FOLEY - During the April 20 council, Foley officials predicted that the 2019/20 fiscal year would end underbudget due to the lasting effects the coronavirus will have on the economy. While February …
FOLEY - During the April 20 council, Foley officials predicted that the 2019/20 fiscal year would end underbudget due to the lasting effects the coronavirus will have on the economy. While February came in with a high tax report, it will be the last month not affected by the current pandemic.
“If you look at our year to date numbers through February then, absent the current pandemic, I would be telling you that we were set up very well to hit our numbers for this fiscal year,” said City Administrator Mike Thompson. “Having said that, February is probably the last month that you’re going to see us hitting our budget, and obviously the reason I say that is because of the shutdown.”
Thompson says that even after the economy has been reopened, he still believes Foley will continue to see muted numbers, and believes that between the months of April and September it will be unlikely that the budget is met.
“It will surprise me if we have a single month that we even hit those budgeted numbers,” he said. “We will be getting the March numbers in soon, but that was only a partial month prior to the shutdown.”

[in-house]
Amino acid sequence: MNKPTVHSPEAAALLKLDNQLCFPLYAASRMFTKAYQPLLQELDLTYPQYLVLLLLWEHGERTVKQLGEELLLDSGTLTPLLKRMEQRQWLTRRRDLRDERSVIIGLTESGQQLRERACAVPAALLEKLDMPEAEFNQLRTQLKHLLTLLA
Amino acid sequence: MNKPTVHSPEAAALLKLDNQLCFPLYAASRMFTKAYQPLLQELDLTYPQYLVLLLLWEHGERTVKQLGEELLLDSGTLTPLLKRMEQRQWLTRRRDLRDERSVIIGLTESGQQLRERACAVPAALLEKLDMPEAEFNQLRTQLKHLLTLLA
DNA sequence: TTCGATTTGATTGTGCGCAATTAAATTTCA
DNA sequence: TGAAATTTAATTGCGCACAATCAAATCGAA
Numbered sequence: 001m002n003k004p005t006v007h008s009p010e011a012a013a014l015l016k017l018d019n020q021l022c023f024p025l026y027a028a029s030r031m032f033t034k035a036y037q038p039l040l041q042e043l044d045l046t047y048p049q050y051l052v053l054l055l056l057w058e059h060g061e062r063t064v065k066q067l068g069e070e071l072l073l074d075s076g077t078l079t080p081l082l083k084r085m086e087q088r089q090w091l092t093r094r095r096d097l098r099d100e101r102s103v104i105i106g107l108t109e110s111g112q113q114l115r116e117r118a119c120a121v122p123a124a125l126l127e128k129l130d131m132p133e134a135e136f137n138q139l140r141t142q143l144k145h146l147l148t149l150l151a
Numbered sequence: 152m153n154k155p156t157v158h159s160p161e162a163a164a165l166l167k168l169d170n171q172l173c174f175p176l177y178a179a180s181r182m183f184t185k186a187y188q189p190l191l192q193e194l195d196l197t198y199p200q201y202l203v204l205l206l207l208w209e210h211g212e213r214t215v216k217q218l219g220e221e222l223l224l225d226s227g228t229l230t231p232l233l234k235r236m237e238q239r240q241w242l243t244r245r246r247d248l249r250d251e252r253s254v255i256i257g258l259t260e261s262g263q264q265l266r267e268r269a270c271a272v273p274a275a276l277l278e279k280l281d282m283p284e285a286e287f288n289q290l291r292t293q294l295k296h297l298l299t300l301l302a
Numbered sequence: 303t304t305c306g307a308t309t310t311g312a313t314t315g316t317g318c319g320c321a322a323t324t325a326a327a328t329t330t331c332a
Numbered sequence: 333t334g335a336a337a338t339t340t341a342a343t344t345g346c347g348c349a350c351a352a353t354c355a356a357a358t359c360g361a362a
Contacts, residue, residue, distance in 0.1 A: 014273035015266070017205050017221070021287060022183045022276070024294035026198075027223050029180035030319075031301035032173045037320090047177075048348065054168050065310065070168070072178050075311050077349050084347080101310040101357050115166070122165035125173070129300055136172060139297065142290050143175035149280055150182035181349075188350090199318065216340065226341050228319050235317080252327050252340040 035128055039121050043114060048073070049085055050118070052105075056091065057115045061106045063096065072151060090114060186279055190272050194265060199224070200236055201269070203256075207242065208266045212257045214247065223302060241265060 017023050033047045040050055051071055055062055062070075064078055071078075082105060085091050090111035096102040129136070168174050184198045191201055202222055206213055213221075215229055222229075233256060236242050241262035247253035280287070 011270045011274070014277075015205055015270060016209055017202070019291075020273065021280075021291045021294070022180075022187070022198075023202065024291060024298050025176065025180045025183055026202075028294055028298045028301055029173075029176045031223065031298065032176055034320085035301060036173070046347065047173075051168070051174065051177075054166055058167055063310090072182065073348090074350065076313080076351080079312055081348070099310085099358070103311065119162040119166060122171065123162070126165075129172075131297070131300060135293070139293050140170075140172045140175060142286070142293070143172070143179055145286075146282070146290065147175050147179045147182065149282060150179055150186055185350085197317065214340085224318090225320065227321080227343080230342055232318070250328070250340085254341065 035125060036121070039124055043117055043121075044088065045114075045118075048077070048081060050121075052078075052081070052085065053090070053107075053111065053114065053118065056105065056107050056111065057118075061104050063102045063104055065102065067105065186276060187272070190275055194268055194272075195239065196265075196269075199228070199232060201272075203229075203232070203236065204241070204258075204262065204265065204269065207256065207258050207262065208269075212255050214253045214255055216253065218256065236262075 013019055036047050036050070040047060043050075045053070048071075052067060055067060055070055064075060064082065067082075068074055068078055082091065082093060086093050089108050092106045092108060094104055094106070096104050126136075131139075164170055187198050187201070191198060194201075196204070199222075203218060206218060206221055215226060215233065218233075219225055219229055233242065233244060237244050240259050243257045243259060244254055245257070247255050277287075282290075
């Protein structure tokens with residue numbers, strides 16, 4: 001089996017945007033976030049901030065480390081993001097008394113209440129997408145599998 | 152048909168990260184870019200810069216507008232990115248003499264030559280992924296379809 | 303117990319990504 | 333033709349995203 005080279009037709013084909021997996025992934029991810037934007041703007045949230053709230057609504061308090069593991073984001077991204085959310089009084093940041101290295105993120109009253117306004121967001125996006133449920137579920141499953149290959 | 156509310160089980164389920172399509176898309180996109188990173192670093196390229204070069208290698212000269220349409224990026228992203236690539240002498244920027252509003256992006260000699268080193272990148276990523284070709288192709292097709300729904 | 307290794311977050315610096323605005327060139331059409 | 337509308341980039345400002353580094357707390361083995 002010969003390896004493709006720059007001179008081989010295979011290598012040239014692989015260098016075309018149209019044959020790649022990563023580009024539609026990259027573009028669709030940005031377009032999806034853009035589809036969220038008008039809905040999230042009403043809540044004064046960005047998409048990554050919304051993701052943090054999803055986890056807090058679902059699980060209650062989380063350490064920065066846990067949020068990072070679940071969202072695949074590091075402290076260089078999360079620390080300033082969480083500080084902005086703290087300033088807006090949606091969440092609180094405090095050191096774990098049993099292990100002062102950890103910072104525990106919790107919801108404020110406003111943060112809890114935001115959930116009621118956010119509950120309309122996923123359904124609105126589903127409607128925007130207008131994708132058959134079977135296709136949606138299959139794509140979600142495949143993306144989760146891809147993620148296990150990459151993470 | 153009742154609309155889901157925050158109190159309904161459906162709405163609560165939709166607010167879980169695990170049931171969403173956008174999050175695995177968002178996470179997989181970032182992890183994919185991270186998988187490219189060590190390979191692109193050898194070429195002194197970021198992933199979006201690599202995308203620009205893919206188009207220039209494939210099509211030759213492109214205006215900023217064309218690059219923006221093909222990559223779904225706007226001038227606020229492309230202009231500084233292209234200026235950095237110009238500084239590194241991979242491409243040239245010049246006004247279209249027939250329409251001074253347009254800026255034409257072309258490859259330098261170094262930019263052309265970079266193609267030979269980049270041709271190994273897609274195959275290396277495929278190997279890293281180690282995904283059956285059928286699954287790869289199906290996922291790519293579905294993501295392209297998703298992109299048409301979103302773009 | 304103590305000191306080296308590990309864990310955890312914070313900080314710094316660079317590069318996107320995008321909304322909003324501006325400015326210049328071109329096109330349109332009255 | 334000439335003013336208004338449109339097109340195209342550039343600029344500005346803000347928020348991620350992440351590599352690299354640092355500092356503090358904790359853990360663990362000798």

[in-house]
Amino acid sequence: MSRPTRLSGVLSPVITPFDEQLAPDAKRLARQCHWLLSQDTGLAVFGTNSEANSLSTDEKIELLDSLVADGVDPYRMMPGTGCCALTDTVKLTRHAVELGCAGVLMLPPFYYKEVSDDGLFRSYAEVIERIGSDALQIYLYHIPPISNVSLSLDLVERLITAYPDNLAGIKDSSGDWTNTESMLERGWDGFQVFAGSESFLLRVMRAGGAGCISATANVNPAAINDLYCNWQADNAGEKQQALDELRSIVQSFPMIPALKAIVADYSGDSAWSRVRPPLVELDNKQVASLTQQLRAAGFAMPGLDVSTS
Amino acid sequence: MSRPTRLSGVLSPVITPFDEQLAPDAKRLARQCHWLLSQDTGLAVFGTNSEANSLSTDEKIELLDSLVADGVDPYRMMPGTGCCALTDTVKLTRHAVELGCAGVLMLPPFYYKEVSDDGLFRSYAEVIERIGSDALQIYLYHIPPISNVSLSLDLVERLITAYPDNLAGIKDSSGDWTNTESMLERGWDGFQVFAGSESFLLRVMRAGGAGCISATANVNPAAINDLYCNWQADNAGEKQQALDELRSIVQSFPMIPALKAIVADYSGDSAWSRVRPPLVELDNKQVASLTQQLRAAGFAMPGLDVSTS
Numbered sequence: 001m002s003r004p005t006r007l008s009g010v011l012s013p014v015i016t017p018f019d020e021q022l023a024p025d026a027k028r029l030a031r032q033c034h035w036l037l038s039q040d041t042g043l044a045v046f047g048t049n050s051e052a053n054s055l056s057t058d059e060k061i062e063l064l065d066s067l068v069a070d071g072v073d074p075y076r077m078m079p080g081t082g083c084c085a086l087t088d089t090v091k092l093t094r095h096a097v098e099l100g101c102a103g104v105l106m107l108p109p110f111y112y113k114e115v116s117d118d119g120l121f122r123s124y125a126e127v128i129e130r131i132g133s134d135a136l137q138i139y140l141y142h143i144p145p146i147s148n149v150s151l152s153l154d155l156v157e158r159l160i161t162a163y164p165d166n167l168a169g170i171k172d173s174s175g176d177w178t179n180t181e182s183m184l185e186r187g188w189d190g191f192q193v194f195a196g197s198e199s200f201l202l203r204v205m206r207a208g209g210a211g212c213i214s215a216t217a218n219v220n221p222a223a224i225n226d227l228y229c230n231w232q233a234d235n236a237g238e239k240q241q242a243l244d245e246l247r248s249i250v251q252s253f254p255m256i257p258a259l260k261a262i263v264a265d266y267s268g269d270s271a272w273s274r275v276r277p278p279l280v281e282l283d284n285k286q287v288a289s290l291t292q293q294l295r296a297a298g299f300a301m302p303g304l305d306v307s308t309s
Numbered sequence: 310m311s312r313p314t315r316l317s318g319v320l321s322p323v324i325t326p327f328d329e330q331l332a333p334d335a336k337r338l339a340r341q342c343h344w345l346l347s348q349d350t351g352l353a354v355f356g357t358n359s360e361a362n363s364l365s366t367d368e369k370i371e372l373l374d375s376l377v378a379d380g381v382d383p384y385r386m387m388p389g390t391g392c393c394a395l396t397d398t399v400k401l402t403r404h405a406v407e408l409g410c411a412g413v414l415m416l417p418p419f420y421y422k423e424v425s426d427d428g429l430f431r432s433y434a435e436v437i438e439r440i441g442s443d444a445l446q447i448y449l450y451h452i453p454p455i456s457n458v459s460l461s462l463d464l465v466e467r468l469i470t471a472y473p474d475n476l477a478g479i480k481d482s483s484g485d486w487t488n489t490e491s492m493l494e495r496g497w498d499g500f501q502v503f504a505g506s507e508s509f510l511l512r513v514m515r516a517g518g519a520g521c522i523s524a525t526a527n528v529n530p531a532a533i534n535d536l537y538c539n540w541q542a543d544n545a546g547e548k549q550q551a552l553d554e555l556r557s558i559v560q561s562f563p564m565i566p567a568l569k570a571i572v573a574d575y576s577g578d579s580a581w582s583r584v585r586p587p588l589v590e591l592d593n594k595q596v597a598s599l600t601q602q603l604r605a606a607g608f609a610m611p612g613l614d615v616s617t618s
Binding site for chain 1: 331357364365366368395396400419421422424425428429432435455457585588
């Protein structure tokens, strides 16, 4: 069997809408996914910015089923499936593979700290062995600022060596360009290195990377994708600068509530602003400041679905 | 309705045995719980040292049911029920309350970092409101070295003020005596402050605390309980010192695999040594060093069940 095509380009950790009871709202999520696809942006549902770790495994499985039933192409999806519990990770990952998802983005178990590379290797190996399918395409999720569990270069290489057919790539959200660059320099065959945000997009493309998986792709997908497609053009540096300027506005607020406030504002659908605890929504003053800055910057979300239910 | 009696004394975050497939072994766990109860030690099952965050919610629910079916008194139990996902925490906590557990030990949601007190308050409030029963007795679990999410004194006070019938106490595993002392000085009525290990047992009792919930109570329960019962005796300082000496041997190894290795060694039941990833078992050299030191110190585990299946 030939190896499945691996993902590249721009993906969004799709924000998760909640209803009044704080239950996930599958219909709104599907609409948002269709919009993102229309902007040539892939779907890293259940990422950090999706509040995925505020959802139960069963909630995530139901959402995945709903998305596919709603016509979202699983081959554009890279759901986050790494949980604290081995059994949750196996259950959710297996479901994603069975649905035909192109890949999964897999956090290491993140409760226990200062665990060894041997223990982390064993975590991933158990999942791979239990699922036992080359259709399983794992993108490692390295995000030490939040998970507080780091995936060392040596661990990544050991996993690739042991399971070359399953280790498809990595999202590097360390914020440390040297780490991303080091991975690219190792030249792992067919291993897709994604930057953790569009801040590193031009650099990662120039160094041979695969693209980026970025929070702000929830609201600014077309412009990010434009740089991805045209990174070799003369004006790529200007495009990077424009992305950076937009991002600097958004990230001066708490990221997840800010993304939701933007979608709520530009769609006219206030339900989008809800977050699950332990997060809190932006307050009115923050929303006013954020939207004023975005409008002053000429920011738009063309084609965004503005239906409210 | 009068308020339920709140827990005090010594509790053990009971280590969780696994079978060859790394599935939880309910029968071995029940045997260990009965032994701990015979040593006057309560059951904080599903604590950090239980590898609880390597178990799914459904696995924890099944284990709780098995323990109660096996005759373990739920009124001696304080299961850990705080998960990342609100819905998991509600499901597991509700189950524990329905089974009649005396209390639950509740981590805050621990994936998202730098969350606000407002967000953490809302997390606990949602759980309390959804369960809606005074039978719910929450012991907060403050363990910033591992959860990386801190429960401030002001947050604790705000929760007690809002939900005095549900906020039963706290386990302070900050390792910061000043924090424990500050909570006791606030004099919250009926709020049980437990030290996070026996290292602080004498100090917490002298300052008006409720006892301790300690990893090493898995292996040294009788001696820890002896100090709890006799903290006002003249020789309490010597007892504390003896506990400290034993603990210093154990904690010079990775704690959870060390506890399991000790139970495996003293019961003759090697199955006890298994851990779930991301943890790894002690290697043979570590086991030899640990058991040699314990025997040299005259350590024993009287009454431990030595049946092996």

The Stay at Home order was issued by Governor Kay Ivey during April, followed by the closing of many non-essential businesses in an effort to prevent the spread of COVID-19. This has caused a reduction in jobs and income for many people who have found themselves temporarily out of a job during the crisis.
Beginning May, a new Safer at Home order was issued, allowing previously closed businesses to reopen, but only at 50% their normal occupancy. Other businesses, such as entertainment venues, remain closed until a later date.
“Since taxes such as sales tax, lodging tax, and gas tax are collected a month out from their actual payment by customers, the city has not yet seen the actual effects of the partial closure of our economy to our municipal budget,” said Mayor John Koniar. “We will begin to see the magnitude of that effect towards the end of April, when we see the actual collections for the month of March, which was partially affected by closures. We believe that in addition to many citizens being out of work and many businesses closed, the near shuttering of tourism related spending will cause these revenue streams to see material reductions.”
Koniar says that even in the best-case scenario, it is unlikely that the city will meet its original budgeted revenue dollars for the remaining months of the fiscal year. Even now that the Stay at Home order has lifted, he states it will only determine the severity of these shortfalls for the remaining fiscal year.
“As a result, we have directed staff to reduce operational expenditures and capital purchases where possible,” said Koniar. “We are analyzing all of our forecasted capital projects and delaying any we can until we see a better picture of our future revenue streams.”